Say you're moving along at a PAS level of 5 and slow way down or nearly stop, and PAS automatically ratchets its way down to level 1, and then you want to speed back up again. It's a simple matter of bumping up the PAS levels again with your thumb. That is well controlled and way safer than how it is now. The way it is today, if you're moving along at PAS 4 or 5 and either need to slow down unexpectedly, or you're coming up to a curb or whatever and you slow way down. When you start to pedal again you're taking off and it can be kind of crazy, especially if you've moved onto a sidewalk or into a tight space. That can all be avoided if PAS had already stepped its way down incrementally as you slowed down.

I wish Aventon would give the user access to some controls, so this feature could be tested. For a moment I was thinking maybe it could be a setting that the user could choose, but maybe that's not such a good idea if a person forgets what mode they're in. So just keep the feature turned on.

I would never suggest the opposite however, where the PAS level would automatically increase as you speed up.
Why? If you've got cut-offs on the brake levers, a throttle & a brain, why do you need to complicate the electrics further. The simpler the electrics, the less there is to go wrong. Look at today's modern vehicles, there are so many computer modules controlling everything these days, unlike cars of the past & are they any better? Vehicle accidents haven't gone down even with traction control, abs brakes etc.
 
Why? If you've got cut-offs on the brake levers, a throttle & a brain, why do you need to complicate the electrics further. The simpler the electrics, the less there is to go wrong. Look at today's modern vehicles, there are so many computer modules controlling everything these days, unlike cars of the past & are they any better? Vehicle accidents haven't gone down even with traction control, abs brakes etc.
I seem to be on an island on this one. It's okay, I don't mind being the only person with the right answer.... ;) But seriously though,..... I don't mind being correct....... :unsure: But actually serious this time...., I really do think it would be better if while slowing down the bike automatically lowered down the PAS level. It makes me nervous putting my wife on it, cause if she has it at PAS 5, then suddenly slows down to go from the road to the sidewalk and starts to pedal again, it could put her in that groove at the edge of the sidewalk or maybe run over the neighbor's cat.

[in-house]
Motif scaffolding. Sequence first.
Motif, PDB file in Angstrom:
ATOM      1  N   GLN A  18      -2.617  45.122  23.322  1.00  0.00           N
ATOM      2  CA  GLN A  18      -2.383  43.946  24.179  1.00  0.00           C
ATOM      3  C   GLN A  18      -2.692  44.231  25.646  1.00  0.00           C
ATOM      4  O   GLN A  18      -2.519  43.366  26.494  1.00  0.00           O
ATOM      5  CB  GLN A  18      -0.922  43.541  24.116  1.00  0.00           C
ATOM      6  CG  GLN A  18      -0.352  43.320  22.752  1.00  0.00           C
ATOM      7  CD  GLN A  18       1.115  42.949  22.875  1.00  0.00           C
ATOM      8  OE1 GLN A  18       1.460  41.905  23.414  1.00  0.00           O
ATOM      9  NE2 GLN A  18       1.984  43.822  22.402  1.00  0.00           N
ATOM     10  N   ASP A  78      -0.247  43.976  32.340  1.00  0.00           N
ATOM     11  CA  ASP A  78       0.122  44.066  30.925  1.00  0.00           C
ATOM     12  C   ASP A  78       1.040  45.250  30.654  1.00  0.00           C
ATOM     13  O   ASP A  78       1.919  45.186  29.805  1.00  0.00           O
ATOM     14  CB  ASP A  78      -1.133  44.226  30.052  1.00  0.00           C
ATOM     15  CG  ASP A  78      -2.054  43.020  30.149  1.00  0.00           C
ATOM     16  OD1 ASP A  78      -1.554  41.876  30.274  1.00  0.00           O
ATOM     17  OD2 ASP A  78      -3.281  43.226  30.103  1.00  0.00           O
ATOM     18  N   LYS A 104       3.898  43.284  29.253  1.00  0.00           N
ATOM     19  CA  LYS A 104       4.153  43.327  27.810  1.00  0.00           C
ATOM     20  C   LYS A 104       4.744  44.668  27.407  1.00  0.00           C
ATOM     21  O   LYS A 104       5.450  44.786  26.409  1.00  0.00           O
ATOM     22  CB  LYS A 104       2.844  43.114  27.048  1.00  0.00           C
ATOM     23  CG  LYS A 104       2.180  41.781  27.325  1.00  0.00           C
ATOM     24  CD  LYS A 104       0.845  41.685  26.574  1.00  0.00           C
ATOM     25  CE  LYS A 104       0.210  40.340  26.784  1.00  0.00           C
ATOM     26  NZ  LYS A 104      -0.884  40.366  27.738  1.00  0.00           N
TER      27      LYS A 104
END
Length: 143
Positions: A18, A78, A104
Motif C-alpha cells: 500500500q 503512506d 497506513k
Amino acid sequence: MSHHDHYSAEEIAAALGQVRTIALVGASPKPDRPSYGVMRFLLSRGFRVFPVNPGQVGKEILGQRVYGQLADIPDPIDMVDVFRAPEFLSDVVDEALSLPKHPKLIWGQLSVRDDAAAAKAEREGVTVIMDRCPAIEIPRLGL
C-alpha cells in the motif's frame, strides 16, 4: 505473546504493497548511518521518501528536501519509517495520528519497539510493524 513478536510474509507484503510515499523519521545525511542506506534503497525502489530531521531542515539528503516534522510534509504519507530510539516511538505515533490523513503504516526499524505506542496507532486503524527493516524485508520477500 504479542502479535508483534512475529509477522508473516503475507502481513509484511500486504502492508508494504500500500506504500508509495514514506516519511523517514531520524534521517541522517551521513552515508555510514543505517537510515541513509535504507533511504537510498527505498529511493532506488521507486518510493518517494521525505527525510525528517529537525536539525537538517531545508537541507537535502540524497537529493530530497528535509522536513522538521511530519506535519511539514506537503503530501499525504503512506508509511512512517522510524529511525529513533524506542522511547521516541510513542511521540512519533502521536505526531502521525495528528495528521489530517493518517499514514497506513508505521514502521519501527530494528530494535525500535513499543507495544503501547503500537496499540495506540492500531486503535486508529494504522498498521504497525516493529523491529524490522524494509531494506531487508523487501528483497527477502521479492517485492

One thing I didn't realize or think about until reading your post is about the cut-offs on the brake levers. After I read that I had to immediately go out a few minutes ago and test it out. It's kind of nice. If you do forget to lower your PAS and the bike starts to take off too much when you start to pedal again, a quick little tug on the lever without even engaging the brake stops the motor a lot faster than if you stop pedaling. That's a big help.

Switching subjects, I'm going to need to test ride one of the torque sensor bikes again. I've gotten used to the Pace 500.2 with cadence sensor enough that if I were to switch to a torque sensor I'm wondering if I might actually miss the cadence sensor and being in lazy mode. We bought this bike recently for one of my kids and he's been using it a ton but as smaug predicted I end up riding it a lot as well. We're eventually wanting to add a second. Thinking we might want shocks on the front next time, otherwise really like the Pace 500.2.
 
I think this idea would be much better and safer for cadence based ebikes than what is implemented today. As you slow down the PAS level should automatically drop down, in incremental steps, with a lower limit of Level 1. What I mean by lower limit is, if you slow down and come to a complete stop, the automatic feature would take PAS as far down as Level 1. If the rider wants Level 0 they would need to do that manually..

I played around with this idea today on the Aventon Pace 500.2, trying to pretend like a controller was doing the PAS step downs. I think it works great, even on hills.
I think it's a good idea as an option, but wouldn't want it to be obligatory.

This is where the application of the throttle works for me. If I come to a stop and need to take off again I twist the throttle a bit to get moving before I start pedaling. If I just start pedaling without the throttle, I am not as balanced as I am with just twisting the throttle for 1 or 2 seconds. I regard the throttle as kind of a safety feature.